Further, the Zionists ‘won’ only with the help of western powers that favored their claim against the Arabs, England’s promises notwithstanding.
Before the formation of Israel, Arabs, Jews and Christians lived peacefully in that part of the world. Only the formation of an Israeli state, which presumed to rule over the area, disrupted that peace.
There is an underlying problematic in the whole Israeli-Palestinian conflict Cole ignores, but which is present in virtually all hotspots around the world.
It is about what constitutes a country? Is it defined by the physical “involatile” borders, or is it the area that a distinct ethnic group of people inhabits?
In the first case, as it was pretty much over the past millennium, a country was defined by the area where a distinct elite (usually a king and his entourage) tax-farmed the population and they couldn’t care less if their subject cattle was all of the same kind or different.
The second case is an area that is occupied by people who feel kinship with each other and share a common culture. This was the case in pre-medieval times and found a rebirth with the nation state in the last century. Folks want to be ruled by one of their own and live in an environment that reflects their own culture.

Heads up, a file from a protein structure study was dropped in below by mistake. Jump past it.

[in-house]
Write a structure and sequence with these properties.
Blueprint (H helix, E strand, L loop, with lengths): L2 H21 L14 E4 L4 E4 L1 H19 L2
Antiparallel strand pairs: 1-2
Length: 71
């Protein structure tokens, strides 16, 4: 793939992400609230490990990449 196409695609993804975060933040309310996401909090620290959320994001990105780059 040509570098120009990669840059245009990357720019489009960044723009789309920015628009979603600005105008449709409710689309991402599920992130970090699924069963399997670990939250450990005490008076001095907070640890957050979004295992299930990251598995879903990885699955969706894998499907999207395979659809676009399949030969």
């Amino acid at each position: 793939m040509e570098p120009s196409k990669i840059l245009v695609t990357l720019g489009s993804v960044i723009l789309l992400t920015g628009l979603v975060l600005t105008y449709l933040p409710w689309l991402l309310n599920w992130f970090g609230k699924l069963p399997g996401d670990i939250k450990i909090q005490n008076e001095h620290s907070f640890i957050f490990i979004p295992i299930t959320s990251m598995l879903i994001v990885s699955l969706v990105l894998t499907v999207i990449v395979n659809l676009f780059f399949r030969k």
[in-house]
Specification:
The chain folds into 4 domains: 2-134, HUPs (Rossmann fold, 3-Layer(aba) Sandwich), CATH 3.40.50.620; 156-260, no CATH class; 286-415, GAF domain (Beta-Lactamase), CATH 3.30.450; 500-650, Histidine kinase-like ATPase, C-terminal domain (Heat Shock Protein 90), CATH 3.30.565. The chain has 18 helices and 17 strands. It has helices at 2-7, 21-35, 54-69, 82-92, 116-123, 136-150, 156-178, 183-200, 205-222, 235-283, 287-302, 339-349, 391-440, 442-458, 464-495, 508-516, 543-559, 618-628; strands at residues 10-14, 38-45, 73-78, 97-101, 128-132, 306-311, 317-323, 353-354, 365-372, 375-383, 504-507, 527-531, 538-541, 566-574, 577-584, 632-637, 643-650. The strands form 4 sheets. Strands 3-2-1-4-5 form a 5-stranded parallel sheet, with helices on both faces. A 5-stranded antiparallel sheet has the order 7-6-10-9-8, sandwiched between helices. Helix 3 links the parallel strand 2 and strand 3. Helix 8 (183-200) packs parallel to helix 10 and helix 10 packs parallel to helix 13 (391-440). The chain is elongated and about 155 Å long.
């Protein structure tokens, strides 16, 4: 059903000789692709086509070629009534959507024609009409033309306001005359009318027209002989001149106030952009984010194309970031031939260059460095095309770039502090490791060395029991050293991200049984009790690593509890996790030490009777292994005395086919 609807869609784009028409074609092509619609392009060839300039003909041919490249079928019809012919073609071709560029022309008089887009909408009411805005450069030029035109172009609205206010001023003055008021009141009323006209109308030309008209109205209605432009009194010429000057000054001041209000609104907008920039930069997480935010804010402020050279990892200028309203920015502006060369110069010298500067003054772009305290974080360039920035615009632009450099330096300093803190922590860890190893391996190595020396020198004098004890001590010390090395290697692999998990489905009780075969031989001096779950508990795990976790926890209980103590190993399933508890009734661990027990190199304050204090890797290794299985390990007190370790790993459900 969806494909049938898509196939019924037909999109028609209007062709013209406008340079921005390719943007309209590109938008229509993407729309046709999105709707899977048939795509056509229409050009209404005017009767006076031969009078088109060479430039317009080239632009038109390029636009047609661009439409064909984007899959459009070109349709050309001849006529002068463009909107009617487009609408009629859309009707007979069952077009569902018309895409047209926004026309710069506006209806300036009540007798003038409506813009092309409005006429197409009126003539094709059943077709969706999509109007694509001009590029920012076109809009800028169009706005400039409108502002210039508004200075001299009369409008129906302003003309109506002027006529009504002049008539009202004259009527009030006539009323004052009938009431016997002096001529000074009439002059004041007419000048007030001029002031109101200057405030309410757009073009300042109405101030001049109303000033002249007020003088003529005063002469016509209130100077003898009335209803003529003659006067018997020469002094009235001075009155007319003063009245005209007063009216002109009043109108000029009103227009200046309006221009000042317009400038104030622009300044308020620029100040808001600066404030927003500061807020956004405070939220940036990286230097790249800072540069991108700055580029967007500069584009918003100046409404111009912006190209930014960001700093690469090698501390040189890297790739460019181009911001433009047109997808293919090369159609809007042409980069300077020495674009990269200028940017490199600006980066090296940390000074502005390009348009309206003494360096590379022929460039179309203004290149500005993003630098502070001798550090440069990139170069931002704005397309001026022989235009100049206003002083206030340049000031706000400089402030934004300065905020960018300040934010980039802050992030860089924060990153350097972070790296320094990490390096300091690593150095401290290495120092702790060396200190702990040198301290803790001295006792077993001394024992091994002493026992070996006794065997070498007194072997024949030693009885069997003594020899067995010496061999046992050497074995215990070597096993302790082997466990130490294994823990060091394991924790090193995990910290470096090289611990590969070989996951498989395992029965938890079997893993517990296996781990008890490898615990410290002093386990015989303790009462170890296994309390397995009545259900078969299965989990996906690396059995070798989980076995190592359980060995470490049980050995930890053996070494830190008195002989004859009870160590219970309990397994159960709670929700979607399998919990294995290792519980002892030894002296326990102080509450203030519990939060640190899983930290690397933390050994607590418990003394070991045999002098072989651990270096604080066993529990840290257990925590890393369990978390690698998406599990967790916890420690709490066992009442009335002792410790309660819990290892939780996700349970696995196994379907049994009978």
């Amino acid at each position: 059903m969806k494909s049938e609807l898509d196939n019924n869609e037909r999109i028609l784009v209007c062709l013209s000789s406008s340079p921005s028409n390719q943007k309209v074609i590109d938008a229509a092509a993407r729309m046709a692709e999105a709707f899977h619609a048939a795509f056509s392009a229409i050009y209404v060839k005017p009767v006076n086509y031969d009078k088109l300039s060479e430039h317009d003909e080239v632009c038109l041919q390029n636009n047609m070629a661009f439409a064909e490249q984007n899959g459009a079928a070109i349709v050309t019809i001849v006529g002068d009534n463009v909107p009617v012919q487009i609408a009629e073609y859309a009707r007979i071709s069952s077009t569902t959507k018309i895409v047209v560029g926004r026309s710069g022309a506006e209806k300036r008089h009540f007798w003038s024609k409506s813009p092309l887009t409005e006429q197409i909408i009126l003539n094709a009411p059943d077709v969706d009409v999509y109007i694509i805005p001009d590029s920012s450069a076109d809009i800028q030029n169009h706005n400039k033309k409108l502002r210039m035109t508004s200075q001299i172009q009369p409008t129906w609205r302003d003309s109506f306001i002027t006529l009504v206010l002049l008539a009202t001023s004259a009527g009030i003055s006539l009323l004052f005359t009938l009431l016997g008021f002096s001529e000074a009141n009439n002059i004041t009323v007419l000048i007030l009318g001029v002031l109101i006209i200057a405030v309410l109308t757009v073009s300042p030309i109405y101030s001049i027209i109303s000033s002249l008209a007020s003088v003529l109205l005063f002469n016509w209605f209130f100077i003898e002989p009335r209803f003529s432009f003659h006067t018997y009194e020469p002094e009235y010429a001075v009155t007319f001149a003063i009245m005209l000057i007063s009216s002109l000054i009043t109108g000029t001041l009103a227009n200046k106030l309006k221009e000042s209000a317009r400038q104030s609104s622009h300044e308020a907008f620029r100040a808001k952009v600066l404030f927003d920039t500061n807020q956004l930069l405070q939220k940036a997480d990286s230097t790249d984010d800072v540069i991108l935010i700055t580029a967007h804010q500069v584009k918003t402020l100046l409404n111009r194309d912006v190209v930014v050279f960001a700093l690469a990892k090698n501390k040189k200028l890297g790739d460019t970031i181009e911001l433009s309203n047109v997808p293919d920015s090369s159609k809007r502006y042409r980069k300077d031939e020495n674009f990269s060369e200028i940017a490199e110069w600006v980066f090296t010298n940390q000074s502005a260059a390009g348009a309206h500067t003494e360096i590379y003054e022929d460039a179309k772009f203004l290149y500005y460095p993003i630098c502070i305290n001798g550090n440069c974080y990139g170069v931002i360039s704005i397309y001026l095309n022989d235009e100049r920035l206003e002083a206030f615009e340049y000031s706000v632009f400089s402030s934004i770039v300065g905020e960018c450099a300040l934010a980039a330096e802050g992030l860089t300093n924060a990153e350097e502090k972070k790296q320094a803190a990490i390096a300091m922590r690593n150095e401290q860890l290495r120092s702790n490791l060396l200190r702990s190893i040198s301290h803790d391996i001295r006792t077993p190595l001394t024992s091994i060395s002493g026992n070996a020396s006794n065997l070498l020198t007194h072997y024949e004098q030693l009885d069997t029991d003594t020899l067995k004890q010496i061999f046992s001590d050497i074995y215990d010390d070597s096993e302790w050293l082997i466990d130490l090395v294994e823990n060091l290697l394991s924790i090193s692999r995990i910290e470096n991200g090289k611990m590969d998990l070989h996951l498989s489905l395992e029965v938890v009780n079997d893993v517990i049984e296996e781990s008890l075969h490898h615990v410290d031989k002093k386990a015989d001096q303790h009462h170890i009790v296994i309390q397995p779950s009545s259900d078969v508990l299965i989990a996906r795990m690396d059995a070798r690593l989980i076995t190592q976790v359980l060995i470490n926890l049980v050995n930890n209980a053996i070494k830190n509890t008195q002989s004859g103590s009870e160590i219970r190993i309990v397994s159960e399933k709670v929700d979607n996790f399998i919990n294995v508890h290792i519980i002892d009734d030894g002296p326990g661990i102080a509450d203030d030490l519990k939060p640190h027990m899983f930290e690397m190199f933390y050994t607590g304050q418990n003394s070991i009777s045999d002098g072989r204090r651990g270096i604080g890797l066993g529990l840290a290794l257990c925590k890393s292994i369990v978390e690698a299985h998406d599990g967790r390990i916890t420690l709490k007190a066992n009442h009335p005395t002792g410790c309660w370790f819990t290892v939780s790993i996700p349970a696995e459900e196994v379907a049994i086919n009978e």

This constitutes also the classic distinction between globalists and nationalists. While the elites like to keep the farm borders intact, the people like to adapt the borders to match their cultural and ethnic presence.
The globalist elites (including the large number of Jews among them) are happy with multicultural countries they can farm while living wherever they want. The Israeli nationalists on the other hand, living in Israel, know that a multicultural entity is hell for those who have to live in it; they have the great examples of multicultural paradises right next door in Syria and Lebanon. So they do what all tribes, including Israelis in biblical times, have done: Kick those out who are not part of your culture and if need be, kill them. It may not be tolerant and nice, but evolution just works that way.
Now the question comes to Mr. Cole:
If Israel is right to only allow folks of their ethnicity and religion to live in their country, why is it wrong for other nations to do the same and tell the Jews to leave and go to their own country?
Werner A. Hoermann
Palestinians are lucky it’s Israeli brutality they face. Had their adversaries been Arab Muslims, the only individuals familiar with the terms “Gazan” and “Palestinian” today would be anthropology professors specializing in extinct peoples.
Newton, New Jersey
Great points, Dave! Clearly, if the U.N. gave 60% of America to, say, China, we should never resist again for all eternity. Can you imagine people so foolish as to want their land back from the Chinese who got it from the U.N.?